United States / China - Yahoo! To testify before Congress: A chance for transparency and accountability on business practices in China

    MONTREAL, Nov. 5 /CNW Telbec/ - Reporters Without Borders asked Yahoo!
today to take advantage of the November 6 Congress hearing to set the record
straight on the company's collaboration with the Chinese authorities. Congress
is investigating sworn statements Yahoo! made during a February 2006 Congress
hearing regarding its role in cyberdissident Shi Tao's arrest and conviction
on a charge of "illegally divulging state secrets abroad," for which he was
sentenced to 10 years in prison.
    "Yahoo!'s confused statements must finally be clarified," the press
freedom organization said. "The time for lamentations is over. The company has
now to accept the consequences of its mistakes and to act accordingly. At
least four cyberdissidents were thrown in jail because of data provided by
Yahoo! to the Chinese police. We would be particularly interested in the
disclosure of the number of information requests with which Yahoo! complied,
whether they concern any of the 32 jailed journalists or of the 50 people
currently behind bars for expressing themselves freely on the Internet, and
how such requests are being processed within the company. This hearing is a
chance for Yahoo! not only to show more transparency, but also to discuss the
practical steps the company intends to take to prevent its future involvement
in dissidents' arrests."
    Announcing the investigation on August 3, House of Representatives
Foreign Affairs Committee Chairman Tom Lantos said it would be shameful if it
were confirmed that Yahoo! had known why the Chinese police requested the
information that enabled them to arrest Shi. "Covering up such a despicable
practice when Congress seeks an explanation is a serious offense," Lantos
said, adding that, "for a firm engaged in the information industry, Yahoo!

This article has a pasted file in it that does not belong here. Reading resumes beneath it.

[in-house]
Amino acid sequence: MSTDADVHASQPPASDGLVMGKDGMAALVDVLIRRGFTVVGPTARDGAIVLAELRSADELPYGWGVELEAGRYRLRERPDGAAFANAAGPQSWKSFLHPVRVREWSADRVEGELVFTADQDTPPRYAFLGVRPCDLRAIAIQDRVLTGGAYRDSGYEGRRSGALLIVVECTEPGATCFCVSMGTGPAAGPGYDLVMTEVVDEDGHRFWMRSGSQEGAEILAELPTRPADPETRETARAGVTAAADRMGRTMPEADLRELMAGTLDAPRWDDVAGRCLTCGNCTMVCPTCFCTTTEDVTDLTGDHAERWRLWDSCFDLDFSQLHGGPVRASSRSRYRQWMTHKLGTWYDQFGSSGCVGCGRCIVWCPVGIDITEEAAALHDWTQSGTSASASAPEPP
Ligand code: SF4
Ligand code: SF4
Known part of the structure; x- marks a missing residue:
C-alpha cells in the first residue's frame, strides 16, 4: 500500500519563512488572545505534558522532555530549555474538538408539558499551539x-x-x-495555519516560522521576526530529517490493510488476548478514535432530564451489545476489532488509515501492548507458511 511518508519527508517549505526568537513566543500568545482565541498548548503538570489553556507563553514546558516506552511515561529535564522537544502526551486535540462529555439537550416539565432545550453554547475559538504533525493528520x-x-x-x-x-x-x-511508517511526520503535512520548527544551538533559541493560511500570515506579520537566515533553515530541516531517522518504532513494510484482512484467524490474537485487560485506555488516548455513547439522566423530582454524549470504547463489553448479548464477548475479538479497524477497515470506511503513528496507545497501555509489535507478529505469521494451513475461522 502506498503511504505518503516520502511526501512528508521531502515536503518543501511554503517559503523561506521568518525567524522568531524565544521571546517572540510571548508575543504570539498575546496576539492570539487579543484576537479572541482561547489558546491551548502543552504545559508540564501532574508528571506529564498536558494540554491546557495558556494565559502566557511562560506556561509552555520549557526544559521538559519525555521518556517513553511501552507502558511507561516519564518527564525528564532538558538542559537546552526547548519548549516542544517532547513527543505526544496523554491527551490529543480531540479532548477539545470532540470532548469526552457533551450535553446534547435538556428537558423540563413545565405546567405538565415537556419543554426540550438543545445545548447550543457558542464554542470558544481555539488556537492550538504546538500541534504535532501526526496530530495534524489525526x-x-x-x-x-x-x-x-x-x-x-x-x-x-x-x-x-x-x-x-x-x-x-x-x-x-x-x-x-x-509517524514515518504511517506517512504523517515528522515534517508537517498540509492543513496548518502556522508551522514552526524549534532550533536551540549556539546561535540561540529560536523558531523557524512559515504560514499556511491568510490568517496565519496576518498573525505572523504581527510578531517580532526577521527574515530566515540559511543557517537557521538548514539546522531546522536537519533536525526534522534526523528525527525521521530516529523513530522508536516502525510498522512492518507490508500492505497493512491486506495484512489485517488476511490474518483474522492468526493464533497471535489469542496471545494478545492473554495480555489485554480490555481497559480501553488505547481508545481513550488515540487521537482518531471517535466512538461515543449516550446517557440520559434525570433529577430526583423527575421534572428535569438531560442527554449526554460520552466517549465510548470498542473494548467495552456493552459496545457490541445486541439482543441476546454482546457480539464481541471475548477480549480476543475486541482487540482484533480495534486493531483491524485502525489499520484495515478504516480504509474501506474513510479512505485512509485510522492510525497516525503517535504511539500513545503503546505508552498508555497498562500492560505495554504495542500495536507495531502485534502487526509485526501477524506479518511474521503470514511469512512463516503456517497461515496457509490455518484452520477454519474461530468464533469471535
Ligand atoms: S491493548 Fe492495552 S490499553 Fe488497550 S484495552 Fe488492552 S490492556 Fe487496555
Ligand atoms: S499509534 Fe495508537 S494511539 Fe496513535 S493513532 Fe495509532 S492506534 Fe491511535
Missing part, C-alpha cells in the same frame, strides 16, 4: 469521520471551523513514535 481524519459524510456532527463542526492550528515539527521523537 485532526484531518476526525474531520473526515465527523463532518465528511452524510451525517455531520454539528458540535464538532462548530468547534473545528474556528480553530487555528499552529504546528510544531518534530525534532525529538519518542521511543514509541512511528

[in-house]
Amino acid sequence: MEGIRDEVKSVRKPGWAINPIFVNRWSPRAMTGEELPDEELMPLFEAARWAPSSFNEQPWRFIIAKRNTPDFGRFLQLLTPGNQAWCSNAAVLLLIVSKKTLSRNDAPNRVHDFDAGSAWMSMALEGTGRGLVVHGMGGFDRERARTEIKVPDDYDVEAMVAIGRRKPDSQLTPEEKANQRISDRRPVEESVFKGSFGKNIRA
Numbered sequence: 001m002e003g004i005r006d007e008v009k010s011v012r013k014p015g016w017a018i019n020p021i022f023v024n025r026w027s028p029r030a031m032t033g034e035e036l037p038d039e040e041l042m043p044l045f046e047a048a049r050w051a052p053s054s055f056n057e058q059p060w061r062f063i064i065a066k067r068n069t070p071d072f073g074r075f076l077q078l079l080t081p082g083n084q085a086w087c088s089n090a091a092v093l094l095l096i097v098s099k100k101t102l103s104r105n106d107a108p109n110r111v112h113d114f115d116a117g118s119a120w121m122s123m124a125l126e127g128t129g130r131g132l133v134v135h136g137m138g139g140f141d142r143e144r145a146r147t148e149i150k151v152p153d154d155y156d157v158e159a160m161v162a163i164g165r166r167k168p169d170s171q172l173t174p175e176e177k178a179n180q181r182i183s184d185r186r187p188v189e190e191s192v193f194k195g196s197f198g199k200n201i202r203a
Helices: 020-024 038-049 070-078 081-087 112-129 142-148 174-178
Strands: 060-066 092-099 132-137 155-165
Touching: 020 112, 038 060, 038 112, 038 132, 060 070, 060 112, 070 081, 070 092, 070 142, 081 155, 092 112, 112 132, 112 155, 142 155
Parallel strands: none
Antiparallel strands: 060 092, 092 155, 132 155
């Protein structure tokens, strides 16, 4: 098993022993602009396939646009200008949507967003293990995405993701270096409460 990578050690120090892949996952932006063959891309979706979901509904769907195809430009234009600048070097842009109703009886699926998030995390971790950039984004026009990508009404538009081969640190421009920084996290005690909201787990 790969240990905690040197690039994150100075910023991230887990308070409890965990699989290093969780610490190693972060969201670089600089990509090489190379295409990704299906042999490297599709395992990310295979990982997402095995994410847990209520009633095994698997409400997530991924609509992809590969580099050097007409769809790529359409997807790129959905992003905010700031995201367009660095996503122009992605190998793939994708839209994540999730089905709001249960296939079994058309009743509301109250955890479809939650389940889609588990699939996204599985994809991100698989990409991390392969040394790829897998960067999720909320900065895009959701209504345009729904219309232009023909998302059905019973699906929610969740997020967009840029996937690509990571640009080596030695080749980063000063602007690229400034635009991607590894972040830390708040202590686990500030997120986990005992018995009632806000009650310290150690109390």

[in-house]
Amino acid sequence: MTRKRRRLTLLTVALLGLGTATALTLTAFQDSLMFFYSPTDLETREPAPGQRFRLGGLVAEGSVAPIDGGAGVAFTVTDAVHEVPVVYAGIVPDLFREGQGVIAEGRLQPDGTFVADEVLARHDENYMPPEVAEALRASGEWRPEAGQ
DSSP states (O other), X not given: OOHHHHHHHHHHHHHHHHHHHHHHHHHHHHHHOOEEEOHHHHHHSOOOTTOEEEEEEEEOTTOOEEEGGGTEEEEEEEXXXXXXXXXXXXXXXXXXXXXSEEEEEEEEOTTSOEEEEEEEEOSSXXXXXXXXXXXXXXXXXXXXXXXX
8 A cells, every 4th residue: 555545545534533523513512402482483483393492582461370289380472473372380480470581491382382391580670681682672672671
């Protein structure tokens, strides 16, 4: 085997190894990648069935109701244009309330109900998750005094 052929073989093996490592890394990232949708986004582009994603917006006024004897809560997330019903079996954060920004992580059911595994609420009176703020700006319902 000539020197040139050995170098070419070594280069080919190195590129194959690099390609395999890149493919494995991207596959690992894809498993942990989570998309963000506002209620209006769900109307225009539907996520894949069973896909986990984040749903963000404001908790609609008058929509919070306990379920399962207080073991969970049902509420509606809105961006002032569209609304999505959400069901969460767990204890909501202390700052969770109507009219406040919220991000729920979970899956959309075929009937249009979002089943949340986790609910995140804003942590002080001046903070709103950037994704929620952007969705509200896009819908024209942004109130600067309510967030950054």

sure has a lot of secrecy to answer for. We expect to learn the truth, and to
hold the company to account."
    Yahoo! executive vice president and general counsel Michael Callahan told
the US House Foreign Affairs Committee in February, 2006, "We had no
information about the nature of the investigation." He was referring to the
one targeting Shi Tao, which the Chinese authorities began in 2004. But in
fact, China's Department of State Security sent Yahoo! a document dated April
22, 2004, explaining that the authorities wanted information about an Internet
user suspected of "illegally providing state secrets to foreign institutions."
    Michael Callahan apologised on November 1st for failing to tell US
lawmakers that Yahoo knew more about the case than he initially acknowledged
in testimony last year. "Months after I testified before two House
subcommittees on Yahoo's approach to business in China, I realized Yahoo had
additional information about a 2004 order issued by the Chinese government
seeking information about a Yahoo China user," Mr Callahan said in a
statement. "I neglected to directly alert the committee of this new
information and that oversight led to a misunderstanding that I deeply regret
and have apologised to the committee for creating," Mr Callahan said.
According to the Financial Times, he is expected to testify that a lawyer for
Yahoo in Asia failed to brief him on the order because the lawyer did not
believe it was significant.
    Yahoo! Hong Kong's cooperation with the police is mentioned in the
Chinese court's verdict against these four cyberdissidents:

    - Shi Tao (see above);
    - Wang Xiaoning, 55: sentenced to ten years in prison in September 2003
      for posting "subversive" articles online;
    - Li Zhi, 35, sentenced on December 2003 to eight years in prison for
      "inciting subversion." He had been arrested the previous August after
      criticizing, in online discussion groups and articles, the corruptive
      practices of local officials;
    - Pro-democracy activist Jiang Lijun, freed on November 5 after
      completing a four-year sentence. Convicted of "inciting the subversion
      of state authorities" following his arrest in 2002, police considered
      him to be the head of a small group of cyberdissidents, and had
      arrested him several times before for posting political articles

For further information:

For further information: Emily Jacquard, Directrice générale, Reporters
Without Borders, (514) 521-4111, Cell: (514) 258-4208, Fax: (514) 521-7771,

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